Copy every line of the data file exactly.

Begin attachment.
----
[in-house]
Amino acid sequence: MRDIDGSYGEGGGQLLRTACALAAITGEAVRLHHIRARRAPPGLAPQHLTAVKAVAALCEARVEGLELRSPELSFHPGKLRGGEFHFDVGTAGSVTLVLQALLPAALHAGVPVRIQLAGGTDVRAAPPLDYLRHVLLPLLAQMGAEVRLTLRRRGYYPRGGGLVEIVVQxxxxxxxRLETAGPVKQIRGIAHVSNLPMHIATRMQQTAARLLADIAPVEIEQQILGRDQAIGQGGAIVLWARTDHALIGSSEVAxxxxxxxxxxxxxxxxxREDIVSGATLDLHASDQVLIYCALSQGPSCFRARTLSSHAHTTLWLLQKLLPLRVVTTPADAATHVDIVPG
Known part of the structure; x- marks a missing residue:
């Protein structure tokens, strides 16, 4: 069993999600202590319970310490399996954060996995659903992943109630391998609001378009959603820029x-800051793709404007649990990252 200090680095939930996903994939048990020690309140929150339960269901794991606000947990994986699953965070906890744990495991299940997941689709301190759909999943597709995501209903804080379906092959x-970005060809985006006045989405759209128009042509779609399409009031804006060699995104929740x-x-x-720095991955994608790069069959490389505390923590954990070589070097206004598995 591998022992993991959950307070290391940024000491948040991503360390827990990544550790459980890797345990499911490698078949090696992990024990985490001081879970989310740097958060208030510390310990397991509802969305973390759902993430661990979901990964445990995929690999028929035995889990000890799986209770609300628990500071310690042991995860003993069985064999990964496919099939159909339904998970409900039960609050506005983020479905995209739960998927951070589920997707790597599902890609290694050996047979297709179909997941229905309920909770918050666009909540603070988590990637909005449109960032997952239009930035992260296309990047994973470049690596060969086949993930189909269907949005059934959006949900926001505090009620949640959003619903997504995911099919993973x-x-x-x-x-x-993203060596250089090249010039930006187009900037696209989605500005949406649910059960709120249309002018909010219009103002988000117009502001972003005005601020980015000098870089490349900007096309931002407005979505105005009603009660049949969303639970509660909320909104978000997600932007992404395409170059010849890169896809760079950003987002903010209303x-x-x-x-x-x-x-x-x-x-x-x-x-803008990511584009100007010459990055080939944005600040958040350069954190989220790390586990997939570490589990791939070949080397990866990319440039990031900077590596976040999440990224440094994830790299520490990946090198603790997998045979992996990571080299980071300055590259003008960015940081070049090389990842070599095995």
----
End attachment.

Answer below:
[in-house]
Amino acid sequence: MRDIDGSYGEGGGQLLRTACALAAITGEAVRLHHIRARRAPPGLAPQHLTAVKAVAALCEARVEGLELRSPELSFHPGKLRGGEFHFDVGTAGSVTLVLQALLPAALHAGVPVRIQLAGGTDVRAAPPLDYLRHVLLPLLAQMGAEVRLTLRRRGYYPRGGGLVEIVVQxxxxxxxRLETAGPVKQIRGIAHVSNLPMHIATRMQQTAARLLADIAPVEIEQQILGRDQAIGQGGAIVLWARTDHALIGSSEVAxxxxxxxxxxxxxxxxxREDIVSGATLDLHASDQVLIYCALSQGPSCFRARTLSSHAHTTLWLLQKLLPLRVVTTPADAATHVDIVPG
Known part of the structure; x- marks a missing residue:
């Protein structure tokens, strides 16, 4: 069993999600202590319970310490399996954060996995659903992943109630391998609001378009959603820029x-800051793709404007649990990252 200090680095939930996903994939048990020690309140929150339960269901794991606000947990994986699953965070906890744990495991299940997941689709301190759909999943597709995501209903804080379906092959x-970005060809985006006045989405759209128009042509779609399409009031804006060699995104929740x-x-x-720095991955994608790069069959490389505390923590954990070589070097206004598995 591998022992993991959950307070290391940024000491948040991503360390827990990544550790459980890797345990499911490698078949090696992990024990985490001081879970989310740097958060208030510390310990397991509802969305973390759902993430661990979901990964445990995929690999028929035995889990000890799986209770609300628990500071310690042991995860003993069985064999990964496919099939159909339904998970409900039960609050506005983020479905995209739960998927951070589920997707790597599902890609290694050996047979297709179909997941229905309920909770918050666009909540603070988590990637909005449109960032997952239009930035992260296309990047994973470049690596060969086949993930189909269907949005059934959006949900926001505090009620949640959003619903997504995911099919993973x-x-x-x-x-x-993203060596250089090249010039930006187009900037696209989605500005949406649910059960709120249309002018909010219009103002988000117009502001972003005005601020980015000098870089490349900007096309931002407005979505105005009603009660049949969303639970509660909320909104978000997600932007992404395409170059010849890169896809760079950003987002903010209303x-x-x-x-x-x-x-x-x-x-x-x-x-803008990511584009100007010459990055080939944005600040958040350069954190989220790390586990997939570490589990791939070949080397990866990319440039990031900077590596976040999440990224440094994830790299520490990946090198603790997998045979992996990571080299980071300055590259003008960015940081070049090389990842070599095995």